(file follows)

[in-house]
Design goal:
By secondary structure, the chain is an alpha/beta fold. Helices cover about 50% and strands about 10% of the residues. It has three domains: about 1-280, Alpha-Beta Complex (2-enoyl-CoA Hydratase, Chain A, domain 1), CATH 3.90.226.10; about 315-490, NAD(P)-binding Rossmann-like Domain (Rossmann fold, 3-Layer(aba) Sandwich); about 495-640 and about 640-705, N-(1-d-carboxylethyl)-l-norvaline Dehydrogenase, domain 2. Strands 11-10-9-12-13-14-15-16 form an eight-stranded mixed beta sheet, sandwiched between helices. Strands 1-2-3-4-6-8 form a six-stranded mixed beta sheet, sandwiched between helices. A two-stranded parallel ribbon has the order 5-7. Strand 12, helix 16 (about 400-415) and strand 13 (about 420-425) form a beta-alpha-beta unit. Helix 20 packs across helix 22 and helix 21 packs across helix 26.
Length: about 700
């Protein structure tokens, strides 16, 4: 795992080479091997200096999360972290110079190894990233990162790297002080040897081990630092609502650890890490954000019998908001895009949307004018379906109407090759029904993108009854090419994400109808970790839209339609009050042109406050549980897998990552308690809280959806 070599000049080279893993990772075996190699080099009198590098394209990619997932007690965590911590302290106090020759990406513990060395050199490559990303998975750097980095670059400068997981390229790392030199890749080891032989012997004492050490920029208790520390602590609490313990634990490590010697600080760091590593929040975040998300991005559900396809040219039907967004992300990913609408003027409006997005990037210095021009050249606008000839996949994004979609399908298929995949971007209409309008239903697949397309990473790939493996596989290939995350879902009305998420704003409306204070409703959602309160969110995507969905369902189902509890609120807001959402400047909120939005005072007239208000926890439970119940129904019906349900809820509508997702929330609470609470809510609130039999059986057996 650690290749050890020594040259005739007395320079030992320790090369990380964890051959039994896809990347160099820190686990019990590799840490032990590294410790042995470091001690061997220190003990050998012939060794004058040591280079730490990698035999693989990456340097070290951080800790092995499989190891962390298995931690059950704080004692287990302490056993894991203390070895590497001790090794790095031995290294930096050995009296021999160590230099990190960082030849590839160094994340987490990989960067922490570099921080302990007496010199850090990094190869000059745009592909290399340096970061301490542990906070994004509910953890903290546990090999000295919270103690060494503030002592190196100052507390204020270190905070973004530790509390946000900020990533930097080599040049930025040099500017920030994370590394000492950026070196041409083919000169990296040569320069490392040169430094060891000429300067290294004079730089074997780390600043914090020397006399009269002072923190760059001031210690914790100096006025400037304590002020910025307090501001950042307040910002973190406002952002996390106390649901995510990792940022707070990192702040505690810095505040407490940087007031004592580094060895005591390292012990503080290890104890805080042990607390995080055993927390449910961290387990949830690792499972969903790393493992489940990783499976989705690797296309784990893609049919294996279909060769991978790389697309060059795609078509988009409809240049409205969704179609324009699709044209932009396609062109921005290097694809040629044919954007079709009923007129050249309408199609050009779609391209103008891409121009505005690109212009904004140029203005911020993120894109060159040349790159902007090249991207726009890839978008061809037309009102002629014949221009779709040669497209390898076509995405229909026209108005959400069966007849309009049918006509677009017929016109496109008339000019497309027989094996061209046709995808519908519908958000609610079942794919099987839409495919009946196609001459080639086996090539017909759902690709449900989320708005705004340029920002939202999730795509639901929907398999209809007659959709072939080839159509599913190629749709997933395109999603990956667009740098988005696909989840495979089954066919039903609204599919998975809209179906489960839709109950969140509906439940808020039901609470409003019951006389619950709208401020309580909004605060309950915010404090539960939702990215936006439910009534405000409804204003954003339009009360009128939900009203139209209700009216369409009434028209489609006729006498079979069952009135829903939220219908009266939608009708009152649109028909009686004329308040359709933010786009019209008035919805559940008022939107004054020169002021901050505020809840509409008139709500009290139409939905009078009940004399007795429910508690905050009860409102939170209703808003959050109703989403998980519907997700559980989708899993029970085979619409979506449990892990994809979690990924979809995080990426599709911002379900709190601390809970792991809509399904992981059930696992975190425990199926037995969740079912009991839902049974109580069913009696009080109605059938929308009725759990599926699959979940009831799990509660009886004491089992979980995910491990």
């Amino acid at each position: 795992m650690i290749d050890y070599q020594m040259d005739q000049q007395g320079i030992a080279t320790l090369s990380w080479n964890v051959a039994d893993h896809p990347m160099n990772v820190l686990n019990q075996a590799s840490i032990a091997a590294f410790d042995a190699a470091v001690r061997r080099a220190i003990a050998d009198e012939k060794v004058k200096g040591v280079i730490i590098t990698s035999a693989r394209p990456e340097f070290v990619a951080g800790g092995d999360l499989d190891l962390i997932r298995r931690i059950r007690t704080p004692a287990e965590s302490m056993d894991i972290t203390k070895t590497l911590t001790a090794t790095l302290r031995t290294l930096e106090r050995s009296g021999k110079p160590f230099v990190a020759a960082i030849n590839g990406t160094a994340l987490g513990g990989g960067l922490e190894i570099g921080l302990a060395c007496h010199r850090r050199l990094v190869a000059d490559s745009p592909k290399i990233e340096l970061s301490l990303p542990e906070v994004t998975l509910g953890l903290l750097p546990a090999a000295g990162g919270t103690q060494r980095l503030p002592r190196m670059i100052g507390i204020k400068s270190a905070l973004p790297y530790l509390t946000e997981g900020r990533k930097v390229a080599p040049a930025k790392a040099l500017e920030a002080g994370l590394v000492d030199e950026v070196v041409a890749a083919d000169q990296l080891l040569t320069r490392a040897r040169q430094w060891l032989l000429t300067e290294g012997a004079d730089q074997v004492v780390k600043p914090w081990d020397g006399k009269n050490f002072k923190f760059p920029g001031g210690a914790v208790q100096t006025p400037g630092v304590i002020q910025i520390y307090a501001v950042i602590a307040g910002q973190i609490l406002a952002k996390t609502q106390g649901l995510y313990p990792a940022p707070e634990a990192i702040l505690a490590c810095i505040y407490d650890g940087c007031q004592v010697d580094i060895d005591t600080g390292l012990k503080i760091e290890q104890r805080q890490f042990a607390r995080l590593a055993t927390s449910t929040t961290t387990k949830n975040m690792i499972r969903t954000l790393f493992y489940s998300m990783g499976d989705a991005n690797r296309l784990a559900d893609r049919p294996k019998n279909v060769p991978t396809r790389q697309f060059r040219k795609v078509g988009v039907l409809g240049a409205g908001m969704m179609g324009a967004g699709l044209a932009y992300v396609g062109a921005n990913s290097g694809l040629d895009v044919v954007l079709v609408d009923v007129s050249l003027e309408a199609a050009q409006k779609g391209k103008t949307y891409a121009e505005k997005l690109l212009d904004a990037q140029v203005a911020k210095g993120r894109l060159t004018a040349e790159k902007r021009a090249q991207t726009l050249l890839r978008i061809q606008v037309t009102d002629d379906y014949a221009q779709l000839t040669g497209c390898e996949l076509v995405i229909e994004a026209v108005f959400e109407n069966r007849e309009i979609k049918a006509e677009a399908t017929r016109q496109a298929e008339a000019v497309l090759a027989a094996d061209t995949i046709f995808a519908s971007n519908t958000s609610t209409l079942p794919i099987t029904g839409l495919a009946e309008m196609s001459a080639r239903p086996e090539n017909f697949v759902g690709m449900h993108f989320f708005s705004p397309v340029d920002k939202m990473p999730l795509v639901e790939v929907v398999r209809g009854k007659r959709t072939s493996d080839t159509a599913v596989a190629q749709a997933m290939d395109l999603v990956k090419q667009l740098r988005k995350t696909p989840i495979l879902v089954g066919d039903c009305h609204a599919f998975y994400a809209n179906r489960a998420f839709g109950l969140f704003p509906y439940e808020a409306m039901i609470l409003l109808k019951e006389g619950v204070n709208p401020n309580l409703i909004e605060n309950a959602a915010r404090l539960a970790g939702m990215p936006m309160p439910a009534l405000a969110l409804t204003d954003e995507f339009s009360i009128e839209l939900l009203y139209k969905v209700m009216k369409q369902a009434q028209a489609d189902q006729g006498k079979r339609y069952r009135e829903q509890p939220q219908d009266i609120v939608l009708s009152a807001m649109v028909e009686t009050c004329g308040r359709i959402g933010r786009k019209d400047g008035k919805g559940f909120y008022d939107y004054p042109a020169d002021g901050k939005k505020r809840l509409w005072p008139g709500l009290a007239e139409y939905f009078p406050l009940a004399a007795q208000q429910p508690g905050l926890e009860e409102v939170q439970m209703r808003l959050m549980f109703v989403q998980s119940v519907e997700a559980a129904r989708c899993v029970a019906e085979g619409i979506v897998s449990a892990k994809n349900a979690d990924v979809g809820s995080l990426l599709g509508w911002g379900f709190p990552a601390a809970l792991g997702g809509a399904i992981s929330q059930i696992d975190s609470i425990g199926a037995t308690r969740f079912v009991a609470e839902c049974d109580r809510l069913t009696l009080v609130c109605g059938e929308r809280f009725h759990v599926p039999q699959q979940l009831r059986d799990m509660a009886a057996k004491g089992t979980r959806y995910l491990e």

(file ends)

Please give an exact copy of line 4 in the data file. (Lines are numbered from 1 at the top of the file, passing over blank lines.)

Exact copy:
Length: about 700